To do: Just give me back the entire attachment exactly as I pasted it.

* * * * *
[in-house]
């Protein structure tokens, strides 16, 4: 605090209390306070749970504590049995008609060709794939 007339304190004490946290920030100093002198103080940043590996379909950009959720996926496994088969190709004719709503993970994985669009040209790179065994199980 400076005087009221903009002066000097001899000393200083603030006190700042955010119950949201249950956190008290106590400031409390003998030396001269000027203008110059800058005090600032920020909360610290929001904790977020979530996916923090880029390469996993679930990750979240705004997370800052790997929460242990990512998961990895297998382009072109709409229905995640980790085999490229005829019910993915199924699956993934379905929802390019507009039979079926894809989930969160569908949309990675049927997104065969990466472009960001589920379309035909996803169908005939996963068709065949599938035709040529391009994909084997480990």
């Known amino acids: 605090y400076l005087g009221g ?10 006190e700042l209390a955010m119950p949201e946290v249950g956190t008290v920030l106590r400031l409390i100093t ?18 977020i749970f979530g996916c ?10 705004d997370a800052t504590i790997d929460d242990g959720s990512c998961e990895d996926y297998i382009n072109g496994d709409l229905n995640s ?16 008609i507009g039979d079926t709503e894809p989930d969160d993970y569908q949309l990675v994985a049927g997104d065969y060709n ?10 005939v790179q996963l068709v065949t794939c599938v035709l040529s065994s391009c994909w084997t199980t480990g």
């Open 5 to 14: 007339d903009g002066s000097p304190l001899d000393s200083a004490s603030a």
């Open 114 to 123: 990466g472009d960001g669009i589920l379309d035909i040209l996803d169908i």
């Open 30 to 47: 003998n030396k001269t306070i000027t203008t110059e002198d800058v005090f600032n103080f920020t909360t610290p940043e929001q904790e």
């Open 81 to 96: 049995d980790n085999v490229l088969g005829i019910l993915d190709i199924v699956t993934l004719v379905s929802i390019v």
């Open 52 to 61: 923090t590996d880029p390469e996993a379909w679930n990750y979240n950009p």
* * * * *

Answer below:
[in-house]
């Protein structure tokens, strides 16, 4: 605090209390306070749970504590049995008609060709794939 007339304190004490946290920030100093002198103080940043590996379909950009959720996926496994088969190709004719709503993970994985669009040209790179065994199980 400076005087009221903009002066000097001899000393200083603030006190700042955010119950949201249950956190008290106590400031409390003998030396001269000027203008110059800058005090600032920020909360610290929001904790977020979530996916923090880029390469996993679930990750979240705004997370800052790997929460242990990512998961990895297998382009072109709409229905995640980790085999490229005829019910993915199924699956993934379905929802390019507009039979079926894809989930969160569908949309990675049927997104065969990466472009960001589920379309035909996803169908005939996963068709065949599938035709040529391009994909084997480990």
């Known amino acids: 605090y400076l005087g009221g ?10 006190e700042l209390a955010m119950p949201e946290v249950g956190t008290v920030l106590r400031l409390i100093t ?18 977020i749970f979530g996916c ?10 705004d997370a800052t504590i790997d929460d242990g959720s990512c998961e990895d996926y297998i382009n072109g496994d709409l229905n995640s ?16 008609i507009g039979d079926t709503e894809p989930d969160d993970y569908q949309l990675v994985a049927g997104d065969y060709n ?10 005939v790179q996963l068709v065949t794939c599938v035709l040529s065994s391009c994909w084997t199980t480990g």
């Open 5 to 14: 007339d903009g002066s000097p304190l001899d000393s200083a004490s603030a």
């Open 114 to 123: 990466g472009d960001g669009i589920l379309d035909i040209l996803d169908i």
């Open 30 to 47: 003998n030396k001269t306070i000027t203008t110059e002198d800058v005090f600032n103080f920020t909360t610290p940043e929001q904790e």
């Open 81 to 96: 049995d980790n085999v490229l088969g005829i019910l993915d190709i199924v699956t993934l004719v379905s929802i390019v």
């Open 52 to 61: 923090t590996d880029p390469e996993a379909w679930n990750y979240n950009p």